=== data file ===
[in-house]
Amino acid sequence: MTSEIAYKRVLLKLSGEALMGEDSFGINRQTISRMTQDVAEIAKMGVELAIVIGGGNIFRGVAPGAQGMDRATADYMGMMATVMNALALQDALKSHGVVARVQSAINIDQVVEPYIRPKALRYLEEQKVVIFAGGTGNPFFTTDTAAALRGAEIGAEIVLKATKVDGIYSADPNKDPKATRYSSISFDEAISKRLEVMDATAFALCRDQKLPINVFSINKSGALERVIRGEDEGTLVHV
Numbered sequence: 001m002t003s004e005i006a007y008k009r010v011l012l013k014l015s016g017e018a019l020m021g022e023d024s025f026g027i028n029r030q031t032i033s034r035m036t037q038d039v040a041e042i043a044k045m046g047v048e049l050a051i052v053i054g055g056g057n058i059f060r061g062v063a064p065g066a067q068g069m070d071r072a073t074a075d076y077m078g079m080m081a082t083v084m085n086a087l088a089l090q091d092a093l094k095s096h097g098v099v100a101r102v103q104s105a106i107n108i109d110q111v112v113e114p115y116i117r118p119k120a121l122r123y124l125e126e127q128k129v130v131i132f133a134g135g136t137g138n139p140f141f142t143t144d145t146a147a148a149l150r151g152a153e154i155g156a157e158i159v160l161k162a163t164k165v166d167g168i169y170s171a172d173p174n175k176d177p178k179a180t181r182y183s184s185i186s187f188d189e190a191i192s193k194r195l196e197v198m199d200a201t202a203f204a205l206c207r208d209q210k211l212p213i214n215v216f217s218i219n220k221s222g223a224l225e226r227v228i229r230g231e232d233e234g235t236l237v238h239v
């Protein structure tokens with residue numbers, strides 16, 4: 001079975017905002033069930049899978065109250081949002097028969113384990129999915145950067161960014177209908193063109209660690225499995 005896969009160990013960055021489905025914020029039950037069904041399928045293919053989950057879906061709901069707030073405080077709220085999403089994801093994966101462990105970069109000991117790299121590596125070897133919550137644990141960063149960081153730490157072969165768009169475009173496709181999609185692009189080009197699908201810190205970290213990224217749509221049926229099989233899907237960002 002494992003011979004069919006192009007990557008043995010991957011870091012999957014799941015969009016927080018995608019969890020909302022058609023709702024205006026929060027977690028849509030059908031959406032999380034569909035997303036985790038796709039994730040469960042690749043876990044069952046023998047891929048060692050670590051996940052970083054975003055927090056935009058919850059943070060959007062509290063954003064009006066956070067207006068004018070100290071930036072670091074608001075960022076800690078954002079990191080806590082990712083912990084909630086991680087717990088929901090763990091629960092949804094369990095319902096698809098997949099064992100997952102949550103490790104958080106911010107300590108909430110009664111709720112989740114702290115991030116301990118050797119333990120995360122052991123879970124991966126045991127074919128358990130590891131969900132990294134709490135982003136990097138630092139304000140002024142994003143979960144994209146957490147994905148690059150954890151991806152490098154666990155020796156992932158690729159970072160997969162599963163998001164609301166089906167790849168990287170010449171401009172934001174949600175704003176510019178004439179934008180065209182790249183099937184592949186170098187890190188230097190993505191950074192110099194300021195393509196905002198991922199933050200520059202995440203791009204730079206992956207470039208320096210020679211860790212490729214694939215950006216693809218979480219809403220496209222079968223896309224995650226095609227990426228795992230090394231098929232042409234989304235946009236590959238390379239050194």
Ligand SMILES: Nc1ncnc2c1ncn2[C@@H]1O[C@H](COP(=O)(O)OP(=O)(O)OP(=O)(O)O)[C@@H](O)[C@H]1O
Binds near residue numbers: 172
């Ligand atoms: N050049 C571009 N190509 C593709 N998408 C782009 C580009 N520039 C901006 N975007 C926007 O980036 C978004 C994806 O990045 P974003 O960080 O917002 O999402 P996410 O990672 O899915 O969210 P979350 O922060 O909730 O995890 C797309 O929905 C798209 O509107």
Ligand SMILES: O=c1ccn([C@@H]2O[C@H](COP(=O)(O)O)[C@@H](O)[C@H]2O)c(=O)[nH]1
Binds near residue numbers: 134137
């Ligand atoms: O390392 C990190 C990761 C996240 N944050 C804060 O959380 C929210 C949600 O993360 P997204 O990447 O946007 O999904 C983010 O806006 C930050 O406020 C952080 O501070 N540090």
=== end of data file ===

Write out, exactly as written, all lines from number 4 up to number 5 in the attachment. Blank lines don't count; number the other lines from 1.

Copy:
């Protein structure tokens with residue numbers, strides 16, 4: 001079975017905002033069930049899978065109250081949002097028969113384990129999915145950067161960014177209908193063109209660690225499995 005896969009160990013960055021489905025914020029039950037069904041399928045293919053989950057879906061709901069707030073405080077709220085999403089994801093994966101462990105970069109000991117790299121590596125070897133919550137644990141960063149960081153730490157072969165768009169475009173496709181999609185692009189080009197699908201810190205970290213990224217749509221049926229099989233899907237960002 002494992003011979004069919006192009007990557008043995010991957011870091012999957014799941015969009016927080018995608019969890020909302022058609023709702024205006026929060027977690028849509030059908031959406032999380034569909035997303036985790038796709039994730040469960042690749043876990044069952046023998047891929048060692050670590051996940052970083054975003055927090056935009058919850059943070060959007062509290063954003064009006066956070067207006068004018070100290071930036072670091074608001075960022076800690078954002079990191080806590082990712083912990084909630086991680087717990088929901090763990091629960092949804094369990095319902096698809098997949099064992100997952102949550103490790104958080106911010107300590108909430110009664111709720112989740114702290115991030116301990118050797119333990120995360122052991123879970124991966126045991127074919128358990130590891131969900132990294134709490135982003136990097138630092139304000140002024142994003143979960144994209146957490147994905148690059150954890151991806152490098154666990155020796156992932158690729159970072160997969162599963163998001164609301166089906167790849168990287170010449171401009172934001174949600175704003176510019178004439179934008180065209182790249183099937184592949186170098187890190188230097190993505191950074192110099194300021195393509196905002198991922199933050200520059202995440203791009204730079206992956207470039208320096210020679211860790212490729214694939215950006216693809218979480219809403220496209222079968223896309224995650226095609227990426228795992230090394231098929232042409234989304235946009236590959238390379239050194």
Ligand SMILES: Nc1ncnc2c1ncn2[C@@H]1O[C@H](COP(=O)(O)OP(=O)(O)OP(=O)(O)O)[C@@H](O)[C@H]1O